Pho sees patient education as the key to solving this problem. “Constant patient education is very important; with the complexity of patient’s multiple disease states management and polypharmacy, it’s very easy for patients to be overwhelmed and forget the important small details,” she said. “Patient education is not a one-time session: It needs to be provided continuously and repetitively. As pharmacists and community healthcare educators, I believe that is one of our privileged and most valuable roles.”

This education may also be a way of making the patient play a larger role in their own care. “I always want to try to empower my patients,” Pho said. “Health care is a team effort, but the patient is the star player.”

To that end, Pho has a number of recommendations for patients. She suggests keeping a current list of all medications either in an electronic file or in their medication bag. “The best method is the brown-bag method: bring all of your medications—including any over the counter medications, herbs, supplements and vitamins—with you to your appointments with your health care providers so they can see exactly what you are taking,” she said. This way, providers can ensure there’s no drug duplication, help discard old medication no longer needed, assess if any current medication need to be discontinued and provide appropriate refills to avoid therapy interruptions. This step is especially helpful when patients have multiple providers at different clinic or hospitals and may go to multiple pharmacies to fill their medications either for convenience or cost-saving benefits.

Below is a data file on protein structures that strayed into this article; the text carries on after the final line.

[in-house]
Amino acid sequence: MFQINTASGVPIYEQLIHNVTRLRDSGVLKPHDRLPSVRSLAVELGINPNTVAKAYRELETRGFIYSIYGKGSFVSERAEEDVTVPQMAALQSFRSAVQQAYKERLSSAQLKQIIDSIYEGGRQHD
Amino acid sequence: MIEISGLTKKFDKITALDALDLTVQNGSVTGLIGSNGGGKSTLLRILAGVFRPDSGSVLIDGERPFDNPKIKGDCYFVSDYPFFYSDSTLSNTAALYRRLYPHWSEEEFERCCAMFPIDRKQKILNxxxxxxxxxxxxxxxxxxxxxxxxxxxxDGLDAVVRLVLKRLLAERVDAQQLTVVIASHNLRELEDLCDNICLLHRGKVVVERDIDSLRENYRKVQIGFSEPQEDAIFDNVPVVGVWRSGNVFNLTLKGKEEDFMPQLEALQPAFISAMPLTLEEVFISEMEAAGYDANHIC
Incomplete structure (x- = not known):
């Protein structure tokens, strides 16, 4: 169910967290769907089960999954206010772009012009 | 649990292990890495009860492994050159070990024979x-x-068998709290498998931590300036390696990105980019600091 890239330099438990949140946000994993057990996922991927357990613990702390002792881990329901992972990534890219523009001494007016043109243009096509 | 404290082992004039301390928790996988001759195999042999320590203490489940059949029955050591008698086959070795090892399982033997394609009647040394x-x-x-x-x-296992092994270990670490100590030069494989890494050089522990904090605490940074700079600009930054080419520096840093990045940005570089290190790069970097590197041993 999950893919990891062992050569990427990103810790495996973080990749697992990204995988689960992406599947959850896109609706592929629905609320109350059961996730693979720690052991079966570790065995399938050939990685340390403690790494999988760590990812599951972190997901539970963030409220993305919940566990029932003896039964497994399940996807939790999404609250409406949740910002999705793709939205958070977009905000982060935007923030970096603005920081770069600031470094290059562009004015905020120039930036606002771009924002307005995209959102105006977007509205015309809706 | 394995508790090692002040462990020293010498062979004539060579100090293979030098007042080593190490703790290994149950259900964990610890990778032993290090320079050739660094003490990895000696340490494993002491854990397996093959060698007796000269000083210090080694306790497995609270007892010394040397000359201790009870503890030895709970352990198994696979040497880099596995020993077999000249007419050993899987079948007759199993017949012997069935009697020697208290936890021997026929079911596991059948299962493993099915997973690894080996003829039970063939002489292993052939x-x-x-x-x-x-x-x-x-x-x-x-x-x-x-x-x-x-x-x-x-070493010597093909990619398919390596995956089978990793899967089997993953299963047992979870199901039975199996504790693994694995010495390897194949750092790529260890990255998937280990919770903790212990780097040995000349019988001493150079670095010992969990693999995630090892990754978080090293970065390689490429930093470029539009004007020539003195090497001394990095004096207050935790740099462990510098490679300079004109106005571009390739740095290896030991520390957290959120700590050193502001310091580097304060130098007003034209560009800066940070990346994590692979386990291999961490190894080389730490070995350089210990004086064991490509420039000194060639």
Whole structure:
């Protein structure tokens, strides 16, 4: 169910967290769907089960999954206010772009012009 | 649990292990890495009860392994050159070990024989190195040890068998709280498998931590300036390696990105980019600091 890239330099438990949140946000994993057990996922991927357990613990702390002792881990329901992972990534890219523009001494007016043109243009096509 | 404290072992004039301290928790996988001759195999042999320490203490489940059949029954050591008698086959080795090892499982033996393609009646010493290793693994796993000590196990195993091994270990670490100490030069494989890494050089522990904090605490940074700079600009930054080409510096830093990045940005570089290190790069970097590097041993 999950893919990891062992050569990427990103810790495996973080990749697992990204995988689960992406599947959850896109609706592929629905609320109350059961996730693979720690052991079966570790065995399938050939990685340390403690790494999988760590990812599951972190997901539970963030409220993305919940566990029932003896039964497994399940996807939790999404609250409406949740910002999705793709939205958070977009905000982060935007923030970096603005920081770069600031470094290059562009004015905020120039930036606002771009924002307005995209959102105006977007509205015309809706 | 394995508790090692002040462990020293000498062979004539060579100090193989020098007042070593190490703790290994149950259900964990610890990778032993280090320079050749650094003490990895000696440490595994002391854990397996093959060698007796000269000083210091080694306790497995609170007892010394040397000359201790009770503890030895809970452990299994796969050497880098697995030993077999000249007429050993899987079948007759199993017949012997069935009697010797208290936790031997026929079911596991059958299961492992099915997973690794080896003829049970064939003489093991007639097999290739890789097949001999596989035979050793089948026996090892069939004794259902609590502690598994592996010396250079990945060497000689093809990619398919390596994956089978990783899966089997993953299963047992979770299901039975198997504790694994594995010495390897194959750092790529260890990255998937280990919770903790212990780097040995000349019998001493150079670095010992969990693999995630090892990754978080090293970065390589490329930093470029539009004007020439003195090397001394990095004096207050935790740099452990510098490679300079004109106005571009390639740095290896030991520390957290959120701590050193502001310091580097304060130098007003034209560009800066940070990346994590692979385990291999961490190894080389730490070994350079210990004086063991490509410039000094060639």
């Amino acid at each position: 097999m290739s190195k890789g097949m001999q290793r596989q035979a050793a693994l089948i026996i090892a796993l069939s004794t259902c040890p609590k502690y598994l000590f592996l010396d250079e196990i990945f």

Pho also sees the pharmacy team as an important check in the system because they can notice a potential drug interaction and alert the physician or the nursing team, especially if different providers are prescribing different medications. “I teach my students that it is their job to be an advocate for the patient and prevent problems before they happen,” she said. “It’s our privilege to be a pharmacy educator and an advocate of preventive care.”

Indeed, preventing chronic conditions may be the best approach for preventing polypharmacy. “We have all these great medicines, but sometimes a drug isn’t going to be as effective as a non-pharmaceutical approach like exercise, a healthy diet and keeping the patient’s home environment safe to prevent falls,” Pho said. “If we can prevent polypharmacy by preventing the condition that requires the drug in the first place, that’s the best health outcome for our patients.”

When there aren’t any alternative medications and the interactions can’t be avoided and the benefits outweighs the risks, the whole medical team needs to monitor the patient very closely for adverse side effects, especially at the beginning. “Many medications require dose adjustment in the first few months the patient takes them, and some medications may need to be adjusted due to impairment of the kidney or the liver,” Pho said. “With education, we can help patients understand the importance of monitoring and that they need to be proactive in their care and reschedule if they can’t make their original appointment.”

“We can’t always avoid polypharmacy in patient care as patients age,” Pho added. “Patient education is the key to help prevent medication errors and improve patient care and outcomes.”

Resources for health care providers and/or patients:

American Geriatrics Society Foundation for Health in Aging

American Society of Aging

National Council on Aging (NCOA)

National Institute of Aging (NIA)

U.S. Department of Health and Human Services

— Christina Sumners